Gas Engine Magazine

The Hercules Engine News

By Staff

20601 Old State Road, Haubstadt, Indiana 47639

In one issue of the Sears and Roebuck catalog it states that the
first Thermoil engines were produced at the Hercules factory at
Evansville, Indiana, in October of 1915. The first Thermoils were
listed only in the 1917 catalog and were available in the 2, 5 and
7 HP sizes. So far about 40 of these model T Thermoils are known.
These models were prone to breakage problems because their
construction was too light. They were built on modified gas engine
castings. By 1917 the production of the model T Thermoil had been
discontinued until a heavier Hvid type engine could be
designed.

The instruction book and list of parts adds another dimension to
these early Thermoils. In the parts list there is a column and a
listing for parts for the 1 HP size. Further on there is a table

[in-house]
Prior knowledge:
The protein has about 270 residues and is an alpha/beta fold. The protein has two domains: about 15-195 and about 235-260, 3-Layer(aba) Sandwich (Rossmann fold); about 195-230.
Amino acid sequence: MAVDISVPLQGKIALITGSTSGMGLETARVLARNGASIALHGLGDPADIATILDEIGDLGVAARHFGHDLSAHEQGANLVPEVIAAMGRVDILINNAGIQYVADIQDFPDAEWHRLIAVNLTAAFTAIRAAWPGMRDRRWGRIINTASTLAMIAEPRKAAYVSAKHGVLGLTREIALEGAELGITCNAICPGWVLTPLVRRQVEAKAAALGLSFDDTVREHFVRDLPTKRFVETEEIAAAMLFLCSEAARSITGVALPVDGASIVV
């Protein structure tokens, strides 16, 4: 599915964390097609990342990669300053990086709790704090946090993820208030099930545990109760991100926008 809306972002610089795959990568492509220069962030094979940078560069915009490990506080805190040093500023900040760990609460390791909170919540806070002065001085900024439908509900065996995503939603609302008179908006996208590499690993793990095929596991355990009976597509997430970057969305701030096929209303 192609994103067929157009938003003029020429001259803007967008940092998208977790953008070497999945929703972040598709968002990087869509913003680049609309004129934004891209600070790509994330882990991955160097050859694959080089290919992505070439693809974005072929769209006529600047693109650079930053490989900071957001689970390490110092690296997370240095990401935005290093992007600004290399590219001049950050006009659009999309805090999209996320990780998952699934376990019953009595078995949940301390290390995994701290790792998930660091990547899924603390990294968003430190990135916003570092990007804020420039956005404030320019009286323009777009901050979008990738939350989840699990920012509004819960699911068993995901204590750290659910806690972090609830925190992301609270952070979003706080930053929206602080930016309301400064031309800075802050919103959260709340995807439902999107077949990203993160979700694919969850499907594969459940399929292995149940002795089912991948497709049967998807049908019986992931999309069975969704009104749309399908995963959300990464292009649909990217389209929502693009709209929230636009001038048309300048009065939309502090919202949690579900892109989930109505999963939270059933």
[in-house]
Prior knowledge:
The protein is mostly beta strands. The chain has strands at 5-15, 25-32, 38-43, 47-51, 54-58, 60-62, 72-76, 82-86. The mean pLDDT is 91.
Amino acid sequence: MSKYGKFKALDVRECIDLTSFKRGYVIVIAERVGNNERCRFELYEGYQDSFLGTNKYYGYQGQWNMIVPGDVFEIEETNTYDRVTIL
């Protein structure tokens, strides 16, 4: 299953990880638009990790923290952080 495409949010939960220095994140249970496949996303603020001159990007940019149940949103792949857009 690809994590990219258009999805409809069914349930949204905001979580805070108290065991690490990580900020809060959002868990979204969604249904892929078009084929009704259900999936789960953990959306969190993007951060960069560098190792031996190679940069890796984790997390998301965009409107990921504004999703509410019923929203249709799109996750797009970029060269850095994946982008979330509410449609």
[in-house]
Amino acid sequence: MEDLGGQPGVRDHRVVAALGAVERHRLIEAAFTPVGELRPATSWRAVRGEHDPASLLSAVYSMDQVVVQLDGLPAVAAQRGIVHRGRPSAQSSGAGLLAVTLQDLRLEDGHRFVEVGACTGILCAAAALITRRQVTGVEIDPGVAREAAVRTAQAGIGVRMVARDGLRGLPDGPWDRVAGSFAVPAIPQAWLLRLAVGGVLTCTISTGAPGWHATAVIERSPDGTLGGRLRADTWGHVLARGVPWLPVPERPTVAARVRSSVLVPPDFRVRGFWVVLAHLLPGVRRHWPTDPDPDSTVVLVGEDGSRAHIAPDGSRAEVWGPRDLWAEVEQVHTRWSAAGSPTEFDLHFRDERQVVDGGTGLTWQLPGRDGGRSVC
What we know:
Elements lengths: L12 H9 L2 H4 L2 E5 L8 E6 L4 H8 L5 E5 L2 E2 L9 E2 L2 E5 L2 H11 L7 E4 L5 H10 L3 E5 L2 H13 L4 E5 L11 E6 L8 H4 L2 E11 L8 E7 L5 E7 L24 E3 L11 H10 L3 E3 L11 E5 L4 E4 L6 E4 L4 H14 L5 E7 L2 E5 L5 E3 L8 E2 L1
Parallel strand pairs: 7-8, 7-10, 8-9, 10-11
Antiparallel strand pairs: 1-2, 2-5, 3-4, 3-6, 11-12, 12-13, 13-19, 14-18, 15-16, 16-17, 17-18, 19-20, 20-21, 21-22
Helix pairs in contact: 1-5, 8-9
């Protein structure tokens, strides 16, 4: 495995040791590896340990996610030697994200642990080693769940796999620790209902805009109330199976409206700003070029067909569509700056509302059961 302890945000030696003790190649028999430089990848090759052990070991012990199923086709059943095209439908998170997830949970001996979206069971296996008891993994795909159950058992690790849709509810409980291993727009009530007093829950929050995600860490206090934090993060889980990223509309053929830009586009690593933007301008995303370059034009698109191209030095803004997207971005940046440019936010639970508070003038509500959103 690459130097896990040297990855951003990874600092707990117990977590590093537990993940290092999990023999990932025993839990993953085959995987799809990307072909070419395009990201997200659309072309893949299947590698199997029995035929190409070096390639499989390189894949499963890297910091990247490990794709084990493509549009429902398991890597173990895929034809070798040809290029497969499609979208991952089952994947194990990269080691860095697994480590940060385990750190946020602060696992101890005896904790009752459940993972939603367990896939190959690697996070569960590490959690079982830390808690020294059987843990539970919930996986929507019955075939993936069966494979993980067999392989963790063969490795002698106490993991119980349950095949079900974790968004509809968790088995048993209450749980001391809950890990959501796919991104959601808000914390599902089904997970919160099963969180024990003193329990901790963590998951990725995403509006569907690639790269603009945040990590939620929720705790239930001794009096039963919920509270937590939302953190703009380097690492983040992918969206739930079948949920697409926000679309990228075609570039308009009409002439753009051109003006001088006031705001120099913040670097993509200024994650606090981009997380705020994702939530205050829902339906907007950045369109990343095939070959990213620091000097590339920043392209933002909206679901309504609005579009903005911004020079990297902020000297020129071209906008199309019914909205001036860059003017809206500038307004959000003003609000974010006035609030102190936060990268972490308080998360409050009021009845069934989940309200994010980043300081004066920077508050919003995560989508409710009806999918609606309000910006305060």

showing the dimensions for constructing a masonry base to mount
them on for permanent installation. In addition to the 1 HP
information, there is also a dimension listing for the 9 HP
size.

Up until recently, there has been no clue as to the existence of
the 1 or 9 HP model T sizes. But that has changed now. A 1 HP model
T Thermoil has surfaced. It is number 249. It is shown in the two
pictures here. It is somewhat more modified in construction than
the larger sizes. It has a two piece base, somewhat similar to the
regular two piece base used on a few of the 1 HP Hercules engines.
The flywheels appear to be identical to those used on the 1 HP
Hercules and Economy engines of that time.

The engine pictured here appears to be complete except for the
fuel line to the injector. It is unknown as to whether it has been
run recently or not. The color is green. These early Thermoils were
originally a sort of light lime green, with the typical Thermoil
decal only with a red background.

During the August 2000 Tri-State Gas Engine and Tractor Show at
Portland, Indiana, the new owner, Tom Buchanan of Indiana,
Pennsylvania, picked up the engine. As was mentioned earlier, a 9
HP size is also listed. There have been rumors of such an engine
existing, but so far no verification. It should be pointed out that
this article refers to model T Thermoils and not the later models U
or UA.

  • Published on Jan 1, 2001
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